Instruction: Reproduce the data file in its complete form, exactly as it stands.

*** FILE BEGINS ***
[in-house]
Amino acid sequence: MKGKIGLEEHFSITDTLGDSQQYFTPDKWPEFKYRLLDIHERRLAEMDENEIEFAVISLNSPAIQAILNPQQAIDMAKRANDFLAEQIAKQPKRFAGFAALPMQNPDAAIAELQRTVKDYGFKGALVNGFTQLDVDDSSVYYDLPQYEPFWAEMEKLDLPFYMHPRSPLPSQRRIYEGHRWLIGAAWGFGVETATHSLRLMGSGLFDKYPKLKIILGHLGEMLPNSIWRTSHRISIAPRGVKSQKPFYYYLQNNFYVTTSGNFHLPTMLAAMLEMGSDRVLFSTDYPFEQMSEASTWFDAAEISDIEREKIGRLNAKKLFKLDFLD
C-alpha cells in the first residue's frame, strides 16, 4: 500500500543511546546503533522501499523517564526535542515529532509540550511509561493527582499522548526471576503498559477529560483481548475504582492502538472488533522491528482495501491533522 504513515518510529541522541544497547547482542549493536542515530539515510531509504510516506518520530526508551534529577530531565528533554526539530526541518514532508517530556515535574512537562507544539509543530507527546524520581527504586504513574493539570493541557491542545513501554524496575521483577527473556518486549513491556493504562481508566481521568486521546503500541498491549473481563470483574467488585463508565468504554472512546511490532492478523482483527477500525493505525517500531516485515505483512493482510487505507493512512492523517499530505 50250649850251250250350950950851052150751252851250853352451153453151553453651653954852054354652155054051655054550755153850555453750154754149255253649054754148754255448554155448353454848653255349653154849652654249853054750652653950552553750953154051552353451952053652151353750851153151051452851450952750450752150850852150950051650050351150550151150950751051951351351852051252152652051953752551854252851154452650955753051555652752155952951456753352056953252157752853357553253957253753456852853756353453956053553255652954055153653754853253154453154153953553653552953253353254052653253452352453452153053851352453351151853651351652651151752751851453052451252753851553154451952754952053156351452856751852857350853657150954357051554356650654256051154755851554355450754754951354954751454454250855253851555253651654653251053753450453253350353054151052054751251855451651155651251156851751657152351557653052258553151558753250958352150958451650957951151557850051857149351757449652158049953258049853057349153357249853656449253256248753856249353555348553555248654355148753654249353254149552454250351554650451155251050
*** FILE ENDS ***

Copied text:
[in-house]
Amino acid sequence: MKGKIGLEEHFSITDTLGDSQQYFTPDKWPEFKYRLLDIHERRLAEMDENEIEFAVISLNSPAIQAILNPQQAIDMAKRANDFLAEQIAKQPKRFAGFAALPMQNPDAAIAELQRTVKDYGFKGALVNGFTQLDVDDSSVYYDLPQYEPFWAEMEKLDLPFYMHPRSPLPSQRRIYEGHRWLIGAAWGFGVETATHSLRLMGSGLFDKYPKLKIILGHLGEMLPNSIWRTSHRISIAPRGVKSQKPFYYYLQNNFYVTTSGNFHLPTMLAAMLEMGSDRVLFSTDYPFEQMSEASTWFDAAEISDIEREKIGRLNAKKLFKLDFLD
C-alpha cells in the first residue's frame, strides 16, 4: 500500500543511546546503533522501499523517564526535542515529532509540550511509561493527582499522548526471576503498559477529560483481548475504582492502538472488533522491528482495501491533522 504513515518510529541522541544497547547482542549493536542515530539515510531509504510516506518520530526508551534529577530531565528533554526539530526541518514532508517530556515535574512537562507544539509543530507527546524520581527504586504513574493539570493541557491542545513501554524496575521483577527473556518486549513491556493504562481508566481521568486521546503500541498491549473481563470483574467488585463508565468504554472512546511490532492478523482483527477500525493505525517500531516485515505483512493482510487505507493512512492523517499530505 50250649850251250250350950950851052150751252851250853352451153453151553453651653954852054354652155054051655054550755153850555453750154754149255253649054754148754255448554155448353454848653255349653154849652654249853054750652653950552553750953154051552353451952053652151353750851153151051452851450952750450752150850852150950051650050351150550151150950751051951351351852051252152652051953752551854252851154452650955753051555652752155952951456753352056953252157752853357553253957253753456852853756353453956053553255652954055153653754853253154453154153953553653552953253353254052653253452352453452153053851352453351151853651351652651151752751851453052451252753851553154451952754952053156351452856751852857350853657150954357051554356650654256051154755851554355450754754951354954751454454250855253851555253651654653251053753450453253350353054151052054751251855451651155651251156851751657152351557653052258553151558753250958352150958451650957951151557850051857149351757449652158049953258049853057349153357249853656449253256248753856249353555348553555248654355148753654249353254149552454250351554650451155251050